I have seen a few Marine examples from Aimetis using thermal cameras, if you ask the local region manager I'm sure they will share some of the video examples that I have seen work well.

I know the beam scenario has been raised, but why not do this given the height / tide / vessel size is an issue?

Stack 2 sets of point-to-point beams (2 or 3 perhaps) - this will be the vertical dimension. Place another set at some distance away (about the length of a kayak perhaps) - this will be your horizontal dimension. Add all into an intruder alarm panel. Programme it so that 2 of the 3 detectors in a stack (vertical dimension) AND both the beams on the horizontal dimension have the be tripped for an alarm to be generated.

Alternatively, do a beam array like suggested above AND link in an output from the analytic so both need to be tripped in order to generate an alarm - best of both worlds!

Depending on the budget, there are radar and sonar specialty systems just for this application:

L-3 Maritime Surveillance & Security Solutions

As follow up to this post, I wanted to share the results of our testing. We sent sample video clips to a number of analytics companies to process and then reviewed the results. The results we received varied. It was clear that some products were not suitable for this application right off the bat (based on the results of the processed video or Genetec integration limitations). We decided to setup a proof of concept with a couple of the more promising results. Analytics products considered included AgentVI, ACIC, Aimetis, ASV, Kiwi, and UDP/VCA.

Based on the proof of concept testing, we selected the Kiwi solution for this application. We worked closely with their system engineer and after several iterations of configuration adjustments were able to achieve “reliable” alarming when a vessel enters the cove. I use “reliable” because the solution is not 100% accurate. I don’t have a percentage of false/missed detection vs. accurate detection, but given the variables within the scene (changing weather, tides, chop, etc) 100% accuracy was never the goal. The Kiwi solution provides consistent notification to Control without inundating Control with false alarms. The solution has been running for about 4 months now and overall the client is very pleased with the performance. Finally, the cost of the Kiwi solution was competitive with other solutions considered.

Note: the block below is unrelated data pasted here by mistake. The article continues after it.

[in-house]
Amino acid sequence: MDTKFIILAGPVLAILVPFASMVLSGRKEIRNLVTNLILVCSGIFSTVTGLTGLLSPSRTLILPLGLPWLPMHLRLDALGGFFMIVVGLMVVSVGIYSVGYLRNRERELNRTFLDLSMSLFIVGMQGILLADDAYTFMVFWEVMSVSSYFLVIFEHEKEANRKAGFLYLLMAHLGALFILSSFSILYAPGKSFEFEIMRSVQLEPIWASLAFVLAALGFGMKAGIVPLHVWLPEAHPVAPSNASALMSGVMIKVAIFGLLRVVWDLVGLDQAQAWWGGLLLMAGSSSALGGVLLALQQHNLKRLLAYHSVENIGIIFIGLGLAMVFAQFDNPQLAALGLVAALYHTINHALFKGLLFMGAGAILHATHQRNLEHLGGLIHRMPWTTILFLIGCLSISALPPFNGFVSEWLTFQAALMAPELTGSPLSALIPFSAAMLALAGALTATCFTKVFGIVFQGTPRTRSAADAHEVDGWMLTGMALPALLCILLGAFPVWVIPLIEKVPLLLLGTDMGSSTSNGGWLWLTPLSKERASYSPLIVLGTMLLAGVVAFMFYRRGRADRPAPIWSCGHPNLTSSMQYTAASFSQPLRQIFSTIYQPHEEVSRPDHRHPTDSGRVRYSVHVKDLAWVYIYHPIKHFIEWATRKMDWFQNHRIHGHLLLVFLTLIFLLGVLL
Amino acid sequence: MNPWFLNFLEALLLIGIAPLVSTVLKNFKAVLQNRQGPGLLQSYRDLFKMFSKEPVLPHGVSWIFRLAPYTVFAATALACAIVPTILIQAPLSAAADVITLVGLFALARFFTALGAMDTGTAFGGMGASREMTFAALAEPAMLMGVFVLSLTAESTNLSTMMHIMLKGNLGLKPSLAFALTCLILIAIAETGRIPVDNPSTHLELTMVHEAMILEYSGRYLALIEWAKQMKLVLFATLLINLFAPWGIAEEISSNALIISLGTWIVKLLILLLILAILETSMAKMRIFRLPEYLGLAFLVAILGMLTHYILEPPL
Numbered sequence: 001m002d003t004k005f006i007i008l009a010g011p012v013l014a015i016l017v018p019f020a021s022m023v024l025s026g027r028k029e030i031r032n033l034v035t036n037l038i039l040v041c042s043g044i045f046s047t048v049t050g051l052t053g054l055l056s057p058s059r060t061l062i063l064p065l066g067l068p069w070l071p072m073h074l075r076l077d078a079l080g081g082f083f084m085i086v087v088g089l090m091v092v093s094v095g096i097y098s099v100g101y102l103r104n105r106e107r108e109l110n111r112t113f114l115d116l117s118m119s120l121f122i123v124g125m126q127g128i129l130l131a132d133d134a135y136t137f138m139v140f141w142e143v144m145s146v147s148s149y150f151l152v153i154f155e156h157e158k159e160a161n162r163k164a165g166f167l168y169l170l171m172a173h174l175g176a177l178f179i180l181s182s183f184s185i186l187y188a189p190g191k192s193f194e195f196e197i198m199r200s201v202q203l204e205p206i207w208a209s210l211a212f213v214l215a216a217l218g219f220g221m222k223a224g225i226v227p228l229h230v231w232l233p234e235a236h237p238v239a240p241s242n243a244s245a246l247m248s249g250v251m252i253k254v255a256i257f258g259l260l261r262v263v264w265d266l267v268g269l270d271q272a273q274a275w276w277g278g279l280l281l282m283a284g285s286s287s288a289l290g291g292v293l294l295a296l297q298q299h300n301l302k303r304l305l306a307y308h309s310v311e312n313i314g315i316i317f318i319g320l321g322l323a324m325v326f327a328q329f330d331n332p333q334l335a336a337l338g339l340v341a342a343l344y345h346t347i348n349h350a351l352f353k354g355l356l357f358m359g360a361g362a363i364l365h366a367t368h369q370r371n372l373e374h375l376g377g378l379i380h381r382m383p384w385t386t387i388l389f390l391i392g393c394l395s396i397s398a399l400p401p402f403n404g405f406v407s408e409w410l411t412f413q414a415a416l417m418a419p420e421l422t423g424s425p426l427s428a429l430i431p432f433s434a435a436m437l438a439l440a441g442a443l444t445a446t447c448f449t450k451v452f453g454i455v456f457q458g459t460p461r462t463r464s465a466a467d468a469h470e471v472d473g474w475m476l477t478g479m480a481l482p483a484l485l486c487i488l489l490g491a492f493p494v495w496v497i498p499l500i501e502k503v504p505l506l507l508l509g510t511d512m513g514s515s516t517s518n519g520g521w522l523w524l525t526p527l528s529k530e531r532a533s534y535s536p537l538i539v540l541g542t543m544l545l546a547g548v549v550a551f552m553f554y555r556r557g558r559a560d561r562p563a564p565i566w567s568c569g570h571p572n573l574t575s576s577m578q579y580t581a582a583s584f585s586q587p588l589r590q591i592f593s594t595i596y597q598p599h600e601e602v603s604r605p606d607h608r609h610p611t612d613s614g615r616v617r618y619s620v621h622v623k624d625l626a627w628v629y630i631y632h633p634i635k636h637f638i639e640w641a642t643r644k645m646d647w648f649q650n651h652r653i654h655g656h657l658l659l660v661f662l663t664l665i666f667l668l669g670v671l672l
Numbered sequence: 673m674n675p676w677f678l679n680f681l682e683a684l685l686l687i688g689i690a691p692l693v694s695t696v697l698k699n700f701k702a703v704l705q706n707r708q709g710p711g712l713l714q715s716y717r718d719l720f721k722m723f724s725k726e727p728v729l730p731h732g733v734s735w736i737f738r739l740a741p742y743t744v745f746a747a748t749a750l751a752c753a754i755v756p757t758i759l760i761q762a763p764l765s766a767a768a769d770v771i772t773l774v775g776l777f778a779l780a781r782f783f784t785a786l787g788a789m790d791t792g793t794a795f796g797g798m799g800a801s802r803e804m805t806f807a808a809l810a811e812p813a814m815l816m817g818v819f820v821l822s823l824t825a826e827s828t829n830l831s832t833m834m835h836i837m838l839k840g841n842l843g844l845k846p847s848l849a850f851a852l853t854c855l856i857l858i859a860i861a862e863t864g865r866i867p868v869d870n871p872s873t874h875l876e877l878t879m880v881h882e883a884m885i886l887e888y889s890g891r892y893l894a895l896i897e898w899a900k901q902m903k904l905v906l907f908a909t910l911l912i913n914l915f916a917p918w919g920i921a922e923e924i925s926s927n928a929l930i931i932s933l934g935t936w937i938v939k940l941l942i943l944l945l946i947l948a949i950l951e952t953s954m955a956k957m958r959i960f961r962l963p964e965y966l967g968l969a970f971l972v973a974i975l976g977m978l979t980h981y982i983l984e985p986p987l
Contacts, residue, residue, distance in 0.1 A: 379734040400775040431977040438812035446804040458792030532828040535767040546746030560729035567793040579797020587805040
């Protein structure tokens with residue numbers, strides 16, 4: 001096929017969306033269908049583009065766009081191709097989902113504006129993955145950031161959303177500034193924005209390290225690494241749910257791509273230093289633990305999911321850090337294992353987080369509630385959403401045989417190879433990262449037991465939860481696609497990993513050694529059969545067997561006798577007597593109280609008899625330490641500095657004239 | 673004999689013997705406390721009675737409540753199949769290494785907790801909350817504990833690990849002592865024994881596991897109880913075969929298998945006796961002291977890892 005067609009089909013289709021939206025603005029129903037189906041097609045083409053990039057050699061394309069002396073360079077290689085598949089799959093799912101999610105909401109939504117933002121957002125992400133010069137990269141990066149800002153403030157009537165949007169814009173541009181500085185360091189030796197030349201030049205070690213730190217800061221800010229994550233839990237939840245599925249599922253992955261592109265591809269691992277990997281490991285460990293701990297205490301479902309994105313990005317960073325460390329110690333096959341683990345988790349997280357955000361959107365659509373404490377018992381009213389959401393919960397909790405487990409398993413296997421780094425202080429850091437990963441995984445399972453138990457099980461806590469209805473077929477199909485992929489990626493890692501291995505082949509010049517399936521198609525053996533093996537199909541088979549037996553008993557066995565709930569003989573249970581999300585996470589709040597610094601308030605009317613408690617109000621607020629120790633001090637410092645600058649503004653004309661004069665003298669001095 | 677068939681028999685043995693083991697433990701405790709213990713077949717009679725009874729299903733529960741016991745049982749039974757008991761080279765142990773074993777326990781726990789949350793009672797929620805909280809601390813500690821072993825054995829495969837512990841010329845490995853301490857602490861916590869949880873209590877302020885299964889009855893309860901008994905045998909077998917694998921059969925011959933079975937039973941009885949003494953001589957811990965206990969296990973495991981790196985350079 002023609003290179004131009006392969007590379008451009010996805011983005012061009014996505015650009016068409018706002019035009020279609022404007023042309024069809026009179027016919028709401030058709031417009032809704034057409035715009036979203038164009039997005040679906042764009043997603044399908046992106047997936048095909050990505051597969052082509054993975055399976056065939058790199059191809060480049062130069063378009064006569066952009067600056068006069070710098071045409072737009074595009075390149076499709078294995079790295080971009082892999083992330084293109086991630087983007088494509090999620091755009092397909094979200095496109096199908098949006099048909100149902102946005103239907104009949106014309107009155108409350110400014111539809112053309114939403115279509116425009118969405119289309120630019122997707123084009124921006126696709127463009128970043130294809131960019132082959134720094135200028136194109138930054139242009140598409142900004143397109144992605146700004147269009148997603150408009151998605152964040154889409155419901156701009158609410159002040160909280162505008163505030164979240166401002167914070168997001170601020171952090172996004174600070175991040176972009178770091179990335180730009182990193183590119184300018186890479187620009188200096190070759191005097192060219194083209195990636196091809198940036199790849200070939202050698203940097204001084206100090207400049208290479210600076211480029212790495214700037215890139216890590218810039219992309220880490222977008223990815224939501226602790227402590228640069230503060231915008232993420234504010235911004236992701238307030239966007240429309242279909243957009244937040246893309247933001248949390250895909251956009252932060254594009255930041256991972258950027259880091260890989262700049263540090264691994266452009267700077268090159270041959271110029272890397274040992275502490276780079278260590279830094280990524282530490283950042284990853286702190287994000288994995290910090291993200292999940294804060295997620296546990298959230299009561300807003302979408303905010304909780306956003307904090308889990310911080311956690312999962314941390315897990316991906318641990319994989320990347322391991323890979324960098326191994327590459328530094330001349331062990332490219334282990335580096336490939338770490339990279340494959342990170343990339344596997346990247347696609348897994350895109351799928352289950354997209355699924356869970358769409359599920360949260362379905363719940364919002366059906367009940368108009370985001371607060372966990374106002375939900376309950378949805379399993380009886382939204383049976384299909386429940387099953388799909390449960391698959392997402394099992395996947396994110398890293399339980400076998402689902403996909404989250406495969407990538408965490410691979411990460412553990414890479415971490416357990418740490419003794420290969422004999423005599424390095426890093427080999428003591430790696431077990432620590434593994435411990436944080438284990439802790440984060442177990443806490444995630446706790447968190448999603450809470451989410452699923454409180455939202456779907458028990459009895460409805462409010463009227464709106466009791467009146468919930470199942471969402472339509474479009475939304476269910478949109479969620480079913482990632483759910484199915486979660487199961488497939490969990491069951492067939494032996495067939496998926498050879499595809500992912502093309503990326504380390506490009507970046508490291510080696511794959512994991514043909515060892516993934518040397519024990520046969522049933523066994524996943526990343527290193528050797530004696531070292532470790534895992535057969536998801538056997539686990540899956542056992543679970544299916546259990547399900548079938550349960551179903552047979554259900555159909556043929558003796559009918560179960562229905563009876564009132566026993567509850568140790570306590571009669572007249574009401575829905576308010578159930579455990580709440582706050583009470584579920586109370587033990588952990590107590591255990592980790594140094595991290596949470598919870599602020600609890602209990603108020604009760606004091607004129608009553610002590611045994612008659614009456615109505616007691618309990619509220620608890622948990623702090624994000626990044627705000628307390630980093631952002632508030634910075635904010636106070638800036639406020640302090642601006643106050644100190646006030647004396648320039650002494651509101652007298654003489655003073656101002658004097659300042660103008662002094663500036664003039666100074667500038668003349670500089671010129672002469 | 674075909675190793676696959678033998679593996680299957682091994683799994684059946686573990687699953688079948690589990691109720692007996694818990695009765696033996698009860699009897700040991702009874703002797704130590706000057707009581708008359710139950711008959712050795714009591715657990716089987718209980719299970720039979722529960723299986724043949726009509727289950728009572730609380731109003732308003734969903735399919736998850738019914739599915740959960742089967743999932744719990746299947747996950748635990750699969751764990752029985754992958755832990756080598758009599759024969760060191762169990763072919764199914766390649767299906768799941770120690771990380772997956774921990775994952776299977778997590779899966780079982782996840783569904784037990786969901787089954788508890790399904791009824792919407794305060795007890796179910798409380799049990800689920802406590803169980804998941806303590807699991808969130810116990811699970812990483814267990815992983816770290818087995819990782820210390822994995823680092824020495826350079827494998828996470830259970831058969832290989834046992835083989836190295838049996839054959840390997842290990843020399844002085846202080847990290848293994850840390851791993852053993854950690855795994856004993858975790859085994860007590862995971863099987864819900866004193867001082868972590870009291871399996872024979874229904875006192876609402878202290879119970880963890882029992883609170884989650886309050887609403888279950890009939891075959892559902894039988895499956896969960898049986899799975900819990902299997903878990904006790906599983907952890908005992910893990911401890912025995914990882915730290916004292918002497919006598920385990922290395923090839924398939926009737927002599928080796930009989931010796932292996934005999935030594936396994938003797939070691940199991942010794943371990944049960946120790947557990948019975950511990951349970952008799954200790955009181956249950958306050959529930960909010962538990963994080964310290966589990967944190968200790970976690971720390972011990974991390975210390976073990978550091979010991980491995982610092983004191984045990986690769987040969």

1, thanks, very helpful follow! Good to hear that Kiwi worked well for you.

How much better was Kiwi than the others? In what ways?

It’s difficult to quantify “how much better”, as we weren’t able to achieve anywhere near “reliable” detection with any of the other solutions. The other solutions seemed to either a) fail to detect altogether, or b) inundate Control with false alarms to the point it had to be disabled as it was interrupting operations. There really wasn’t a middle ground, each indicated the water in the field of view as the challenge (as we suspected).